World crises await next president
By John C. Bersia
Now that both the Democratic and Republican presidential-campaign teams have a strong component of foreign-policy expertise, how will they use it?
They had better act quickly, because time is short. During the few months before Election Day, voters should demand that the presidential contenders address the international challenges facing the United States with clarity and insight.
Republican U.S. Sen. John McCain of Arizona entered the race with substantial foreign-policy expertise in his own portfolio.
On the Democratic side, Sen. Barack Obama’s choice of Sen. Joe Biden of Delaware has provided the pairing that many of my readers had been clamoring for ever since Obama took the party’s lead.
Not surprisingly, some critics have assailed Obama’s pick because his campaign has largely built its reputation on the need for change. They view Biden as the consummate Washington insider. To me, though, a balance of change and continuity offers tremendous appeal.
Similarly, change and continuity in dealing with international matters would make sense. So, again, what will the elevated foreign-policy presence mean for the rest of the campaign?
In addition to stating their positions on critical international issues, the candidates should demonstrate deep understanding of those topics and show that they have taken the time to develop substantive, proactive strategies. Naturally, they should include issues that concern most Americans, such as the interventions in Iraq and Afghanistan. But they cannot afford to end the conversation at that point.
Having just spent a wind-whipped week under the relentless fury of Tropical Storm Fay — one of the biggest rainmakers in Florida history — I cannot help thinking about climate change. I am not suggesting that climate change necessarily intensifies tropical storms and hurricanes. Rather, it conjures up images of wild weather and flooding, followed by disruption to societies, shortages and violence. Americans need to hear how the candidates plan to fix climate change.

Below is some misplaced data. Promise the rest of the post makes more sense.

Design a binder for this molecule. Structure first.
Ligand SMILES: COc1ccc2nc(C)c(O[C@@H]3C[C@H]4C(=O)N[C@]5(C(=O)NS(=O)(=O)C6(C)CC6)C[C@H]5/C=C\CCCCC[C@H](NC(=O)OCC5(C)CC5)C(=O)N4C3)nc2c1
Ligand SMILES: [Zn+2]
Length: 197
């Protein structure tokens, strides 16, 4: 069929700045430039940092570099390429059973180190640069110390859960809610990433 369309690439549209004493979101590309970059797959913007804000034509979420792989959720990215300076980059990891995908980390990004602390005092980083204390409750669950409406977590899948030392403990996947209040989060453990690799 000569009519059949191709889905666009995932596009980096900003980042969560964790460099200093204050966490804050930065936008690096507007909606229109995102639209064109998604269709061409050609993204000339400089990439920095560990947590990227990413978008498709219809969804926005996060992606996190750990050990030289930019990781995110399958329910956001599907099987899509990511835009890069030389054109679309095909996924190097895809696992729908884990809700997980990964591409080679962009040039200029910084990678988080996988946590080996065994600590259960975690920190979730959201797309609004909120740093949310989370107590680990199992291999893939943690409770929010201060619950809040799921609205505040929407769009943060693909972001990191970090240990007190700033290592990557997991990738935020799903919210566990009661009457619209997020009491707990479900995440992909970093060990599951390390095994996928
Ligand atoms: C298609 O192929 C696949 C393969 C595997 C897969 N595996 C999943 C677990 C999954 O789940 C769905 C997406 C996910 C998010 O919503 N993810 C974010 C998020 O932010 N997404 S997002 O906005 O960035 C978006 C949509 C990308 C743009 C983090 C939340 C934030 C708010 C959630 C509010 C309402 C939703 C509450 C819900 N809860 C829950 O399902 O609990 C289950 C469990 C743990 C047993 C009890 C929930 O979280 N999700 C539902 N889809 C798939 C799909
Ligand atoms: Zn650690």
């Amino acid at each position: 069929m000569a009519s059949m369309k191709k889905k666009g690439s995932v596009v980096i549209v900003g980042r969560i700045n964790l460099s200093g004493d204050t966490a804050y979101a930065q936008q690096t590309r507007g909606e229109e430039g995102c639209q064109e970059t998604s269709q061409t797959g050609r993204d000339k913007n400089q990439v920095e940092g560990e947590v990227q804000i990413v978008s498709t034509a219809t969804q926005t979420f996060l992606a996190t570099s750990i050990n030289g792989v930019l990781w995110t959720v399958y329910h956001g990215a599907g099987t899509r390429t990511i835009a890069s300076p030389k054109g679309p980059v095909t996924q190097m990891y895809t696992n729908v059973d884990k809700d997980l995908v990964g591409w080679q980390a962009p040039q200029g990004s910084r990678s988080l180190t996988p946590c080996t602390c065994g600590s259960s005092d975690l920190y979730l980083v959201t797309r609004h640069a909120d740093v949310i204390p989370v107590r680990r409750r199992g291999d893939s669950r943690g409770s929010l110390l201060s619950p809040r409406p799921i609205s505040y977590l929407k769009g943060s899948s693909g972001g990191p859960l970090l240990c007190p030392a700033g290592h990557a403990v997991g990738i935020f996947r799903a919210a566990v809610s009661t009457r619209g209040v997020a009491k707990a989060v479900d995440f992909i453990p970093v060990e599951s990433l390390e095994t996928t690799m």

Speaking of Fay, the misery will mount as the massive quantities of standing water that it left behind give birth to more mosquitoes than people have experienced in a long time. That reminds me of the diseases and pandemics that threaten humankind, and cross borders without hesitation. Americans need to hear how the candidates plan to handle such health concerns, at home and abroad.
One more word about Fay, which comes on top of and complicates a lengthening period of economic malaise. Many economists say that the situation could worsen for a year or more before it begins to improve. Americans need to hear how the candidates plan to shed the recession, including global solutions.
And what about Russia’s recent rampage through Georgia?
It underscores that the United States — despite its sole superpower status — faces a number of nations on the rise. Americans need to hear how the candidates plan to deal with those new realities.
Another fact of life in the 21st century is that one of human history’s oldest problems — slavery — has returned with record numbers. Although most of the victims suffer far from U.S. shores, this nation has a responsibility to champion their cause. Americans need to hear how the candidates plan to stop human trafficking.
Terrorism also has afflicted human society for too long. Unlike slavery, it cannot be eliminated. But it can be substantially reduced if nations band together and confront the danger in a consistent, creative manner. Americans need to hear how the candidates plan to control terrorism.
I could go on. But I would rather have the candidates take up the discussion and seriously debate these matters. They have assembled the requisite foreign-policy expertise. Will they use it?
John C. Bersia, who won a Pulitzer Prize in editorial writing for the Orlando Sentinel in 2000, is the special assistant to the president for global perspectives at the University of Central Florida.